The Central Ohio Poison Center continues to face old challenges as we confront new ones. Legislation greatly helped reduce the recent “bath salts” epidemic. However, other legislation requiring manufacturers of laundry detergents to come up with mixtures safer for our waterways has created a new problem: laundry “pods” and “packs” that can be deadly to children.
Until last year, laundry detergent exposures to children usually caused no problems, or simply an episode of vomiting and upset stomach. In contrast, some children who have tried to taste these new laundry products have suffered coma, burns of the mouth, throat, or airways, and respiratory distress. Making matters worse, these new laundry products often look very pretty to children, and have been sold without child-resistant containers.
This new epidemic has led to the creation of two research projects. In the first, the Central Ohio Poison Center is working with an investigator at the Cincinnati Drug and Poison Information Center to get very careful descriptions of exactly how these exposures happen. Is the product in use? Was the parent distracted? Was the container left open? By better understanding how, when, and where these exposures happen, investigators hope to better inform efforts at prevention of exposure.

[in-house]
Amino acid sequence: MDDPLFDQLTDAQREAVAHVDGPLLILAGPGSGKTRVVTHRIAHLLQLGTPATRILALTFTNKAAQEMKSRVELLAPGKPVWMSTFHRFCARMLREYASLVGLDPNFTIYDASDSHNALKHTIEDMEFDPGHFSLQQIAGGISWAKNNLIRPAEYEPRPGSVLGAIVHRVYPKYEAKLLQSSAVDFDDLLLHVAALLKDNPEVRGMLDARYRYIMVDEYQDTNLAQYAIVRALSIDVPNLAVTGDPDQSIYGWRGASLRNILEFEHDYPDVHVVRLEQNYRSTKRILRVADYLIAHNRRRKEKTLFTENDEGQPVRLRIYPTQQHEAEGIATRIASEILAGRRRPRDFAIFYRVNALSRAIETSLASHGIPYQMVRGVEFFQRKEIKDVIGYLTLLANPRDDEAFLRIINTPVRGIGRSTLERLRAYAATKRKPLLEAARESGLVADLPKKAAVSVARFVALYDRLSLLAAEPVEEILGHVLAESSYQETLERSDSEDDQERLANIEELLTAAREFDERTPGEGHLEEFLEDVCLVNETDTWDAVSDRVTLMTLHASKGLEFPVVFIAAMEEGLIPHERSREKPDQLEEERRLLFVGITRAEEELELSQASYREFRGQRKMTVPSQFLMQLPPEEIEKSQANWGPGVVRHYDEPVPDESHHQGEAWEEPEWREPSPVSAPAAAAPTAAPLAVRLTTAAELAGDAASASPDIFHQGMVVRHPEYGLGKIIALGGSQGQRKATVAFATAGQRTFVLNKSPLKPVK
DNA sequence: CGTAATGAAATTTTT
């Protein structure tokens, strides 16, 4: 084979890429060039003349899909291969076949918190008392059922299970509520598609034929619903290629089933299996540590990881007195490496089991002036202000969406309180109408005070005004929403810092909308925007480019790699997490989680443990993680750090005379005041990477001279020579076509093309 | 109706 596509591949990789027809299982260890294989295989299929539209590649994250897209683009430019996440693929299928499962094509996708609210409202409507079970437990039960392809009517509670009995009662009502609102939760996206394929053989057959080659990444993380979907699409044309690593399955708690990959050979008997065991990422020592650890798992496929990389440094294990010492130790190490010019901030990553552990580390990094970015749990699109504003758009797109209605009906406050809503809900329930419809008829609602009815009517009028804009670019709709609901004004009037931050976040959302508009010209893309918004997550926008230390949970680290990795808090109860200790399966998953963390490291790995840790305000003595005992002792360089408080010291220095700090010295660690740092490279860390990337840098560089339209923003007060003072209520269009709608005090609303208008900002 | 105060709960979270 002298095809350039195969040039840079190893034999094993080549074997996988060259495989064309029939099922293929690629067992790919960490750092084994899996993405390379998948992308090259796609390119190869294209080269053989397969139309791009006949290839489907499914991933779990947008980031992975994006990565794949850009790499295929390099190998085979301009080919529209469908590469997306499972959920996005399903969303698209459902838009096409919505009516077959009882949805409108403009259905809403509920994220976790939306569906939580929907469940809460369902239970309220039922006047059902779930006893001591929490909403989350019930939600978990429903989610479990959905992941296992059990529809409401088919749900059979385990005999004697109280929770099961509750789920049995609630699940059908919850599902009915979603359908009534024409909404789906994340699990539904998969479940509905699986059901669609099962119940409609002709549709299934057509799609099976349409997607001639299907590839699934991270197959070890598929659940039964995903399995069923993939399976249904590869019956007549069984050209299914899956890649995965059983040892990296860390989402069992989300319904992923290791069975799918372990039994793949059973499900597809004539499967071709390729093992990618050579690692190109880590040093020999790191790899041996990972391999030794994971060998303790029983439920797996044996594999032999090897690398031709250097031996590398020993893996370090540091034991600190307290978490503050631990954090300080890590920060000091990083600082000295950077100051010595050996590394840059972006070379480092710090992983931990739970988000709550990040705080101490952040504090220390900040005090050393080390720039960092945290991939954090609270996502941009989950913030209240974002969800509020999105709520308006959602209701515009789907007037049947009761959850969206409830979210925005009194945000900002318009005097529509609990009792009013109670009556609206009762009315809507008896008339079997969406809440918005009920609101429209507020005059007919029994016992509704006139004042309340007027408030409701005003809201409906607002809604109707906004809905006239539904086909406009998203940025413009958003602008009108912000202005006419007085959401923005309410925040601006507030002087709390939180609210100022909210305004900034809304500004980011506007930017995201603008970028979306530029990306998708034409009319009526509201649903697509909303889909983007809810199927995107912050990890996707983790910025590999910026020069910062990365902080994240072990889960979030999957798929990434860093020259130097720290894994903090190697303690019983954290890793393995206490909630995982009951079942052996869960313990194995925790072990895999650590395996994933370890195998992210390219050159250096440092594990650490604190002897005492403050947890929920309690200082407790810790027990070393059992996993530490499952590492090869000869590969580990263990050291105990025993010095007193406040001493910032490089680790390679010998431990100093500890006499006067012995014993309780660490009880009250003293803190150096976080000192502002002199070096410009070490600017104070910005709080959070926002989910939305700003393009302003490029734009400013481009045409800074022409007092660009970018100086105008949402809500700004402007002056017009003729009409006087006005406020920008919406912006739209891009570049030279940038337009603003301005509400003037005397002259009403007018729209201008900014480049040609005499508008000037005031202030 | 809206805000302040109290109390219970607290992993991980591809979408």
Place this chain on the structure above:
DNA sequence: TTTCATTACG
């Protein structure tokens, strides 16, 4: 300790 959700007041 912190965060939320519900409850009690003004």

The Central Ohio Poison Center also hopes to partner with the Center for Injury Research and Policy at Nationwide Children’s, to review case data from all of the U.S. poison control centers to better describe the various clinical effects from exposures to this new class of poisons.
Contact: Marcel Casavant, MD, FACEP, FACMT